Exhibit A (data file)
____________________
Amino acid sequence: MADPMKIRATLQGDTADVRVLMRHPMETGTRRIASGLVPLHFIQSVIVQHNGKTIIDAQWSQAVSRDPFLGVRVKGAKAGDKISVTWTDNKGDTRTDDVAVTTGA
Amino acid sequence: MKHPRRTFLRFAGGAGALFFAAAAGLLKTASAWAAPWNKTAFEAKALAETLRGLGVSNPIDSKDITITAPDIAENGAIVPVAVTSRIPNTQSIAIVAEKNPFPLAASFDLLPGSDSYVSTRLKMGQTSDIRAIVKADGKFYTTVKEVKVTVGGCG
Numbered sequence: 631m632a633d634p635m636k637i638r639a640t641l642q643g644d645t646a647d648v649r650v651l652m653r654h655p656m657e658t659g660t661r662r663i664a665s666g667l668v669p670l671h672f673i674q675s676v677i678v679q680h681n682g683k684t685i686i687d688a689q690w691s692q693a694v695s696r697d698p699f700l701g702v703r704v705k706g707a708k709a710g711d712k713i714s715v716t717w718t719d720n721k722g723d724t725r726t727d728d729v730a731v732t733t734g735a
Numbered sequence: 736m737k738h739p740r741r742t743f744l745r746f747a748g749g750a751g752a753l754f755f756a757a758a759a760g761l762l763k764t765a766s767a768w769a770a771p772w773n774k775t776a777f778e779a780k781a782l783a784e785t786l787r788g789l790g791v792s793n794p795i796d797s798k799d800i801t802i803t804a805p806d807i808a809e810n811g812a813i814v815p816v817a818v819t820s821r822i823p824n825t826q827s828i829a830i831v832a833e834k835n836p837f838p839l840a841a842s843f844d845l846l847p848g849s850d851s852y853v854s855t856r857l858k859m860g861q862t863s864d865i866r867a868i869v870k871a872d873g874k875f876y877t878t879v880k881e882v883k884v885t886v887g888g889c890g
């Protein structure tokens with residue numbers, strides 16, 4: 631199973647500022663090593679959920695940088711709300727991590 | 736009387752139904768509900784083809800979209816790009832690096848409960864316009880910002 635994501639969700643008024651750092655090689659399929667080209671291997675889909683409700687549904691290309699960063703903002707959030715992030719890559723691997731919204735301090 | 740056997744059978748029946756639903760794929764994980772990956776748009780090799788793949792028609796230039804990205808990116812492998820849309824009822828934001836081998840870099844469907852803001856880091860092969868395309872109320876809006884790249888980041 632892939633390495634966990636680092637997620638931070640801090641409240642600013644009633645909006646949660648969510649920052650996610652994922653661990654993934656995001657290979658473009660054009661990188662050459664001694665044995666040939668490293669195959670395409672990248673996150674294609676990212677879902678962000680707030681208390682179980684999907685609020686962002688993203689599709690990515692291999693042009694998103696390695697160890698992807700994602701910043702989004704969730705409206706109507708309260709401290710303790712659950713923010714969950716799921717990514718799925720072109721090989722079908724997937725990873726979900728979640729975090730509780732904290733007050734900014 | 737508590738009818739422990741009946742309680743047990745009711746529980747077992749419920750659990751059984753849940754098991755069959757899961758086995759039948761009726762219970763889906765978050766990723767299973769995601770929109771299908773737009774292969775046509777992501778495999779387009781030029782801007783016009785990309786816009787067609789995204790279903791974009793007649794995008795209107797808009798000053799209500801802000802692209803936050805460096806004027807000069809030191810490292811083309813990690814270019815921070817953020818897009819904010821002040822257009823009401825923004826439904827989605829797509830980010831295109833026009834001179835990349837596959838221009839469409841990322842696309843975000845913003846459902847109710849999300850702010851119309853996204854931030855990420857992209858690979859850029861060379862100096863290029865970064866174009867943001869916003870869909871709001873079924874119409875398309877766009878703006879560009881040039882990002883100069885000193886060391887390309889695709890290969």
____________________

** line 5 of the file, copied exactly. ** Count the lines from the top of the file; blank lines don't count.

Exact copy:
């Protein structure tokens with residue numbers, strides 16, 4: 631199973647500022663090593679959920695940088711709300727991590 | 736009387752139904768509900784083809800979209816790009832690096848409960864316009880910002 635994501639969700643008024651750092655090689659399929667080209671291997675889909683409700687549904691290309699960063703903002707959030715992030719890559723691997731919204735301090 | 740056997744059978748029946756639903760794929764994980772990956776748009780090799788793949792028609796230039804990205808990116812492998820849309824009822828934001836081998840870099844469907852803001856880091860092969868395309872109320876809006884790249888980041 632892939633390495634966990636680092637997620638931070640801090641409240642600013644009633645909006646949660648969510649920052650996610652994922653661990654993934656995001657290979658473009660054009661990188662050459664001694665044995666040939668490293669195959670395409672990248673996150674294609676990212677879902678962000680707030681208390682179980684999907685609020686962002688993203689599709690990515692291999693042009694998103696390695697160890698992807700994602701910043702989004704969730705409206706109507708309260709401290710303790712659950713923010714969950716799921717990514718799925720072109721090989722079908724997937725990873726979900728979640729975090730509780732904290733007050734900014 | 737508590738009818739422990741009946742309680743047990745009711746529980747077992749419920750659990751059984753849940754098991755069959757899961758086995759039948761009726762219970763889906765978050766990723767299973769995601770929109771299908773737009774292969775046509777992501778495999779387009781030029782801007783016009785990309786816009787067609789995204790279903791974009793007649794995008795209107797808009798000053799209500801802000802692209803936050805460096806004027807000069809030191810490292811083309813990690814270019815921070817953020818897009819904010821002040822257009823009401825923004826439904827989605829797509830980010831295109833026009834001179835990349837596959838221009839469409841990322842696309843975000845913003846459902847109710849999300850702010851119309853996204854931030855990420857992209858690979859850029861060379862100096863290029865970064866174009867943001869916003870869909871709001873079924874119409875398309877766009878703006879560009881040039882990002883100069885000193886060391887390309889695709890290969």